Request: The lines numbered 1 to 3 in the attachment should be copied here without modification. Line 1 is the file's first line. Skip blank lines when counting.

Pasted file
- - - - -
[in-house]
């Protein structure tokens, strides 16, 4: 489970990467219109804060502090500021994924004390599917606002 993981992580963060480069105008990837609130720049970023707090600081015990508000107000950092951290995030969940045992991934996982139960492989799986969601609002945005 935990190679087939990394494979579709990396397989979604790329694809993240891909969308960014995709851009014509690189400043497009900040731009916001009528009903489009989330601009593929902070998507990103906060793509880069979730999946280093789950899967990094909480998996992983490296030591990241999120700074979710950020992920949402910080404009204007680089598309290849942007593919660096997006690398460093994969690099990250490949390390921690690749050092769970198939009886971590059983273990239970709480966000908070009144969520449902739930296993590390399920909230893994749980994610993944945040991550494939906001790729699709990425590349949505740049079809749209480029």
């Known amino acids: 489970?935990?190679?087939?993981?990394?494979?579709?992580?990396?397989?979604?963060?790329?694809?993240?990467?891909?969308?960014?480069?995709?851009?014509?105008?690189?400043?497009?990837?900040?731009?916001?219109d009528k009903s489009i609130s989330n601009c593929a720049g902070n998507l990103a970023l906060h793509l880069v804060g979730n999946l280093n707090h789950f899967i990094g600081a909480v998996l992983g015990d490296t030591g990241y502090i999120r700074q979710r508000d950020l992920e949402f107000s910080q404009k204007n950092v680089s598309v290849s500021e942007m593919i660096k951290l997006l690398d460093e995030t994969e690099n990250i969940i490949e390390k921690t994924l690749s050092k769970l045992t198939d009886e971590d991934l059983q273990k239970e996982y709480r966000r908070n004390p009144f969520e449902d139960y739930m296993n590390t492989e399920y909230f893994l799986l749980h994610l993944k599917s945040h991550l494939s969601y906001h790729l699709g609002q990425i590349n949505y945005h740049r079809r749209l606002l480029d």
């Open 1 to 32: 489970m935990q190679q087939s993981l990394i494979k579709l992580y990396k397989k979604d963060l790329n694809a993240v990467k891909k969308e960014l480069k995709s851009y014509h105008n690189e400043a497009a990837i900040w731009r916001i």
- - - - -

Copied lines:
[in-house]
């Protein structure tokens, strides 16, 4: 489970990467219109804060502090500021994924004390599917606002 993981992580963060480069105008990837609130720049970023707090600081015990508000107000950092951290995030969940045992991934996982139960492989799986969601609002945005 935990190679087939990394494979579709990396397989979604790329694809993240891909969308960014995709851009014509690189400043497009900040731009916001009528009903489009989330601009593929902070998507990103906060793509880069979730999946280093789950899967990094909480998996992983490296030591990241999120700074979710950020992920949402910080404009204007680089598309290849942007593919660096997006690398460093994969690099990250490949390390921690690749050092769970198939009886971590059983273990239970709480966000908070009144969520449902739930296993590390399920909230893994749980994610993944945040991550494939906001790729699709990425590349949505740049079809749209480029």
């Known amino acids: 489970?935990?190679?087939?993981?990394?494979?579709?992580?990396?397989?979604?963060?790329?694809?993240?990467?891909?969308?960014?480069?995709?851009?014509?105008?690189?400043?497009?990837?900040?731009?916001?219109d009528k009903s489009i609130s989330n601009c593929a720049g902070n998507l990103a970023l906060h793509l880069v804060g979730n999946l280093n707090h789950f899967i990094g600081a909480v998996l992983g015990d490296t030591g990241y502090i999120r700074q979710r508000d950020l992920e949402f107000s910080q404009k204007n950092v680089s598309v290849s500021e942007m593919i660096k951290l997006l690398d460093e995030t994969e690099n990250i969940i490949e390390k921690t994924l690749s050092k769970l045992t198939d009886e971590d991934l059983q273990k239970e996982y709480r966000r908070n004390p009144f969520e449902d139960y739930m296993n590390t492989e399920y909230f893994l799986l749980h994610l993944k599917s945040h991550l494939s969601y906001h790729l699709g609002q990425i590349n949505y945005h740049r079809r749209l606002l480029d």